Also by this author: Connectivity, Waiting For Prince Harry, Chronicles of a Lincoln Park Fashionista, Survivng the Rachel, The Definition of Icing
Series: Dallas Demons #3
Also in this series: Waiting For Prince Harry, The Definition of Icing, Breakout, On Thin Ice, On Thin Ice
Published by Soul Mate Publishing on 4th November 2015
Genres: Chicklit, Christmas, Fiction, Humour, Love & Romance, Sport
Amazon UK, Amazon US
While Texas is known for loving football, Lexi Stewart has always been drawn to the ice. Hockey is her passion, and she wants nothing more than to pursue a career in video editing for the home network of the Dallas Demons hockey team.
Lexi has an editing job for a corporate account, but it’s not fulfilling. Nor is her dating life, despite having the so-called help of The One Online Dating Service. Lexi knows there has to be more for her—on both fronts. She’s ready to take the next step, but it doesn’t seem like it’s going to happen anytime soon.
Until a flying puck changes everything.
As Lexi shoots a Dallas Demons practice to hone her editing skills, a stray puck soars in her direction, and her whole life is turned upside down by the gorgeous man who pushes her out of harm’s way.
Niko Xenakis is the new Dallas Demons TV producer, and he’s looking to make his mark in his new role and hopefully work his way back to his hometown of Baltimore. But once he meets Lexi, he might just change his mind on what he wants for his future . . .
But the road to love is never easy, complicated by the fact that they both carry emotional baggage from the past in their hearts. Can these two breakout of the past to find love in the present?
The One Online Dating Service Profile Question: Which season is your favorite? Spring, summer, winter, or fall?
My write-in answer: Hockey Season.
This feels like home.
I can’t explain why, but there’s something magical about being at an ice rink. The cold, bracing air. The crisp scent of a fresh sheet of ice. The sound of skates cutting against the surface.
I draw the air in deep and slowly exhale.
I’m truly in my happy place now.
I move down the steps, already knowing where I’m going to sit. I adjust the strap on my tote bag to keep it up on my shoulder and zero in on my favorite seats in the Dallas Demons practice facility.
I take a seat, close to last row at the top, and set my gingerbread latte down next to me. I open my tote and retrieve my iPhone, a pen, and my notebook, placing them in my lap.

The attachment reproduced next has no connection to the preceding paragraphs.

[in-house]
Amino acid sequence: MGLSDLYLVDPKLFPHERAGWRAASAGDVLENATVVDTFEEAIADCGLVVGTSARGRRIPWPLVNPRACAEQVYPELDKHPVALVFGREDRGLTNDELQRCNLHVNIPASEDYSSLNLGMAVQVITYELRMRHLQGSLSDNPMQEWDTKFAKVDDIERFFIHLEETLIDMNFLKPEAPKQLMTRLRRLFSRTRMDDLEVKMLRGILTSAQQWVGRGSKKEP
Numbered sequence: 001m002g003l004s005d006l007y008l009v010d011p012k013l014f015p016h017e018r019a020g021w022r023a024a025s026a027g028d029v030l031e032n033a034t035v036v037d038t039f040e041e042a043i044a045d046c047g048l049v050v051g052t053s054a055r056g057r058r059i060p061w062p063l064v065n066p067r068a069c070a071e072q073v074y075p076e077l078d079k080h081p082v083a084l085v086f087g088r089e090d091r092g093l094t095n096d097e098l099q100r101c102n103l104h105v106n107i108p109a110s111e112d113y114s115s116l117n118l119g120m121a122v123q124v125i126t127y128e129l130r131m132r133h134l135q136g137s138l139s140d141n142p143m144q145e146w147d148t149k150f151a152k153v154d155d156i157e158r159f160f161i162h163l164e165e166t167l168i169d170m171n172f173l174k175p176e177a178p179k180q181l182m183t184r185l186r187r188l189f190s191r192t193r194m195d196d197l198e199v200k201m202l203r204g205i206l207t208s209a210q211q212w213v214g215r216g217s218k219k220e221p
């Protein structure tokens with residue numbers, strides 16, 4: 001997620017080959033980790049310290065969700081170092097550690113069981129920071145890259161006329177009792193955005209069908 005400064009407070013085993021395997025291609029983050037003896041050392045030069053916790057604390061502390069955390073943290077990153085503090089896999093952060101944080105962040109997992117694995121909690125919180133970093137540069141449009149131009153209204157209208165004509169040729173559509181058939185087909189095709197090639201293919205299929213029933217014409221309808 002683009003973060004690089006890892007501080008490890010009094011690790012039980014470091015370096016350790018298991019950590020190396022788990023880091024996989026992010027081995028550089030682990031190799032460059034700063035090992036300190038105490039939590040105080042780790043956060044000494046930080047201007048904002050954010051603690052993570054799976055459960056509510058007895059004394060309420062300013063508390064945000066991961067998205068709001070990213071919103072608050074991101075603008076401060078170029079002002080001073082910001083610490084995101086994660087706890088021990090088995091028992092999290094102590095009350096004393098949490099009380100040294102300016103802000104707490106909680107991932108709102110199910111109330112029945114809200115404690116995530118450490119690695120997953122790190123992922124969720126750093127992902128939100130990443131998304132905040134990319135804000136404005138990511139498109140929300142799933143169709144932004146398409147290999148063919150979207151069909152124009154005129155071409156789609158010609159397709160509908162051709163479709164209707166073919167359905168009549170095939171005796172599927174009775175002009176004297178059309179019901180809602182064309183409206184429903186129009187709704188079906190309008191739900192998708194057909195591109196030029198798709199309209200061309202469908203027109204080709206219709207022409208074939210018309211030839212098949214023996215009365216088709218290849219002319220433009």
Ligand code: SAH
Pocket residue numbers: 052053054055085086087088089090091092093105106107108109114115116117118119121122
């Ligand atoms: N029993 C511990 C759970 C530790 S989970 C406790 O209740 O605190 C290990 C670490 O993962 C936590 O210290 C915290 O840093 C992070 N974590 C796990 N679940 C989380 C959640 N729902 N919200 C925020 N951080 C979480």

And as soon as the Demons take to the ice to practice this Saturday morning, I’ll start shooting.
I tug down on the long sleeves of my black-and-white-striped T-shirt, the one I’ve layered under a white cropped chunky sweater this morning on this chilly November day. I have loved hockey since I was a little girl, when my dad took me to my first Demons game. My goal is to work in sports TV someday. And in my dream, I’m working as an editor on hockey productions.
But two years after graduating from TCU, I’m still stuck taking freelance jobs doing graphics and design work for corporate accounts. I’m lucky to get the experience, I know that. But the work is mind-numbing. I’m not excited about what I do, and I ache to edit again.
I smile to myself as I think about it. I love editing. I enjoy the challenge of laying down video, set to the right music, with the perfect graphics to provide a punch to a viewer within seconds. I love working on opens—the opening sequence to get the viewer set for the show—and who would think that it can take days to get that forty-five-second piece done just right?
My phone vibrates in my lap. I glance down and see it’s my roommate and best friend, Kenley.
“Hello?” I say into my cell while reaching for my coffee and taking a sip.
“Hi, Lexi,” Kenley says in a rush. “I know you are at practice shooting, so I’ll be quick.”
I smile. My best friend knows I come to every Demons Saturday practice when they are in town, because it’s a great chance to record some videos for me to practice my edits on and save to my YouTube channel. I might be doing bank websites now, but I’m determined to fight my way into the doors of the Dallas office of Total Access Total Sports.
“No worries, what’s up?” I say, picking up on the excited tone in her voice.